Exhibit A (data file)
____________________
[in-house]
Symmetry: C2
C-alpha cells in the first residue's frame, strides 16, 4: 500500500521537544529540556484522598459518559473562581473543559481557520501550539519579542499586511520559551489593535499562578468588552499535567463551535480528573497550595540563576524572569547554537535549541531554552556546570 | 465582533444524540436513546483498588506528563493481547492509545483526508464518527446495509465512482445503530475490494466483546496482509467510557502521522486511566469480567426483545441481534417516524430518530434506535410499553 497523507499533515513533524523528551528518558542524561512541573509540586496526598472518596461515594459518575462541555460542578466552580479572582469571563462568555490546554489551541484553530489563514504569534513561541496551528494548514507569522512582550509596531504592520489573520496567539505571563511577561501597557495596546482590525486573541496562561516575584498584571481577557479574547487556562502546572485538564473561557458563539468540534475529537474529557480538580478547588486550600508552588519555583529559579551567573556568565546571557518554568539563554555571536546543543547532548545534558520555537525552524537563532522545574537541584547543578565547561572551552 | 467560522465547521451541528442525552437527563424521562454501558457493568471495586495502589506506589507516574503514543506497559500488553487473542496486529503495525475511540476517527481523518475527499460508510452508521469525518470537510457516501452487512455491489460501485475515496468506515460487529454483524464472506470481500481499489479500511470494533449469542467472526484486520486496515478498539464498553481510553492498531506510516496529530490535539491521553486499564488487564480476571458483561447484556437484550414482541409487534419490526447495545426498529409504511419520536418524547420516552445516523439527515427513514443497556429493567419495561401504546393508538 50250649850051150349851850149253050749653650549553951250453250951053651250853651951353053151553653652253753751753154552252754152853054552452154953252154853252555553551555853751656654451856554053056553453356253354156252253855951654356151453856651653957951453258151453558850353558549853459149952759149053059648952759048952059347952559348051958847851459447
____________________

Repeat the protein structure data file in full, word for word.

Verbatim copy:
[in-house]
Symmetry: C2
C-alpha cells in the first residue's frame, strides 16, 4: 500500500521537544529540556484522598459518559473562581473543559481557520501550539519579542499586511520559551489593535499562578468588552499535567463551535480528573497550595540563576524572569547554537535549541531554552556546570 | 465582533444524540436513546483498588506528563493481547492509545483526508464518527446495509465512482445503530475490494466483546496482509467510557502521522486511566469480567426483545441481534417516524430518530434506535410499553 497523507499533515513533524523528551528518558542524561512541573509540586496526598472518596461515594459518575462541555460542578466552580479572582469571563462568555490546554489551541484553530489563514504569534513561541496551528494548514507569522512582550509596531504592520489573520496567539505571563511577561501597557495596546482590525486573541496562561516575584498584571481577557479574547487556562502546572485538564473561557458563539468540534475529537474529557480538580478547588486550600508552588519555583529559579551567573556568565546571557518554568539563554555571536546543543547532548545534558520555537525552524537563532522545574537541584547543578565547561572551552 | 467560522465547521451541528442525552437527563424521562454501558457493568471495586495502589506506589507516574503514543506497559500488553487473542496486529503495525475511540476517527481523518475527499460508510452508521469525518470537510457516501452487512455491489460501485475515496468506515460487529454483524464472506470481500481499489479500511470494533449469542467472526484486520486496515478498539464498553481510553492498531506510516496529530490535539491521553486499564488487564480476571458483561447484556437484550414482541409487534419490526447495545426498529409504511419520536418524547420516552445516523439527515427513514443497556429493567419495561401504546393508538 50250649850051150349851850149253050749653650549553951250453250951053651250853651951353053151553653652253753751753154552252754152853054552452154953252154853252555553551555853751656654451856554053056553453356253354156252253855951654356151453856651653957951453258151453558850353558549853459149952759149053059648952759048952059347952559348051958847851459447